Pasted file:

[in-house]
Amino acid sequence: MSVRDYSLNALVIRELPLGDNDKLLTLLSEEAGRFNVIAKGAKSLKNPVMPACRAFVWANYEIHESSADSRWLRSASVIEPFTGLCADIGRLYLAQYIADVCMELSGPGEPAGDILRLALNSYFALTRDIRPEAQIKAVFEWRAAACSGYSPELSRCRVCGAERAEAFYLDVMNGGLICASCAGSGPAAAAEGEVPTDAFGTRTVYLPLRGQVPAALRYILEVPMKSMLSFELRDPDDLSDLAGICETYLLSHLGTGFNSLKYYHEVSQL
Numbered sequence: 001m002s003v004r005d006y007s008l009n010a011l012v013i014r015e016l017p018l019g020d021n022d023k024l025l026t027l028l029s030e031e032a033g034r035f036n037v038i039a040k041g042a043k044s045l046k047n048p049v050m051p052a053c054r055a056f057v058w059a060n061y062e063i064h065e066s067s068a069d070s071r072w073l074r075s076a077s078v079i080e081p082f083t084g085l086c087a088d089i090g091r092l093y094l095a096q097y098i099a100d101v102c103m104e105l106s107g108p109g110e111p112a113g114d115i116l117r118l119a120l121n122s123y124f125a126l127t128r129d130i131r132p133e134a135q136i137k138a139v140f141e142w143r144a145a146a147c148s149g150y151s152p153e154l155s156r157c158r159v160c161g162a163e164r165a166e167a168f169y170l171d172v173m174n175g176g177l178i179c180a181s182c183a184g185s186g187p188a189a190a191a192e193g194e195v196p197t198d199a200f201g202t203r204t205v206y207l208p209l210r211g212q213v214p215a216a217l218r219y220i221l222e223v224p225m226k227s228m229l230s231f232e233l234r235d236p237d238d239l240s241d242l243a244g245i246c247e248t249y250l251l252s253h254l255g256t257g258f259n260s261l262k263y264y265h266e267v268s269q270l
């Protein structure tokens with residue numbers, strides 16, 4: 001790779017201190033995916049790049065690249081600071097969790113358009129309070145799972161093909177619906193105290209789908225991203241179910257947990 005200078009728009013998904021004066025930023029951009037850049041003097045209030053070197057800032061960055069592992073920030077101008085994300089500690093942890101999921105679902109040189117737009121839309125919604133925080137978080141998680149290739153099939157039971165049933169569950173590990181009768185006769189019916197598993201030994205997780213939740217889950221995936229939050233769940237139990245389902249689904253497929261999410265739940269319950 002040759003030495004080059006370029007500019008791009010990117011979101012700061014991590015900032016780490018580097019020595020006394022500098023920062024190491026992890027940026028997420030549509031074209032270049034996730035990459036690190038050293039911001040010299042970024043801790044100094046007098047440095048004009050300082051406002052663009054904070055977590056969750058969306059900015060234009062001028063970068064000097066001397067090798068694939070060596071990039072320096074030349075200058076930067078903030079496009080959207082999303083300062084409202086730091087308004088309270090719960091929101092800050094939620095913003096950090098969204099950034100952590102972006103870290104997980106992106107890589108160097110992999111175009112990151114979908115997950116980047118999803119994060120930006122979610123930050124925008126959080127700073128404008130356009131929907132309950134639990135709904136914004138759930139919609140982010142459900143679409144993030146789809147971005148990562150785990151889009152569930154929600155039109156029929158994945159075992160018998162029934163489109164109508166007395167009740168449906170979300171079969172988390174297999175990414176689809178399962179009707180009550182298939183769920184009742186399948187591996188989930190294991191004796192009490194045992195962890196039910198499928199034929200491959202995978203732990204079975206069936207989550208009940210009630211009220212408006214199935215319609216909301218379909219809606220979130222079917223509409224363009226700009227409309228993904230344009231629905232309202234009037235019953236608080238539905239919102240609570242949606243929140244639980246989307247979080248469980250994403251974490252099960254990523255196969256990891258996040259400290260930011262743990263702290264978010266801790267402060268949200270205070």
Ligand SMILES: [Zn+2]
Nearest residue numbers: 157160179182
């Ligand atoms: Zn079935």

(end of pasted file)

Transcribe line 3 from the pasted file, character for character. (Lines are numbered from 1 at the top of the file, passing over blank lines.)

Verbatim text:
Numbered sequence: 001m002s003v004r005d006y007s008l009n010a011l012v013i014r015e016l017p018l019g020d021n022d023k024l025l026t027l028l029s030e031e032a033g034r035f036n037v038i039a040k041g042a043k044s045l046k047n048p049v050m051p052a053c054r055a056f057v058w059a060n061y062e063i064h065e066s067s068a069d070s071r072w073l074r075s076a077s078v079i080e081p082f083t084g085l086c087a088d089i090g091r092l093y094l095a096q097y098i099a100d101v102c103m104e105l106s107g108p109g110e111p112a113g114d115i116l117r118l119a120l121n122s123y124f125a126l127t128r129d130i131r132p133e134a135q136i137k138a139v140f141e142w143r144a145a146a147c148s149g150y151s152p153e154l155s156r157c158r159v160c161g162a163e164r165a166e167a168f169y170l171d172v173m174n175g176g177l178i179c180a181s182c183a184g185s186g187p188a189a190a191a192e193g194e195v196p197t198d199a200f201g202t203r204t205v206y207l208p209l210r211g212q213v214p215a216a217l218r219y220i221l222e223v224p225m226k227s228m229l230s231f232e233l234r235d236p237d238d239l240s241d242l243a244g245i246c247e248t249y250l251l252s253h254l255g256t257g258f259n260s261l262k263y264y265h266e267v268s269q270l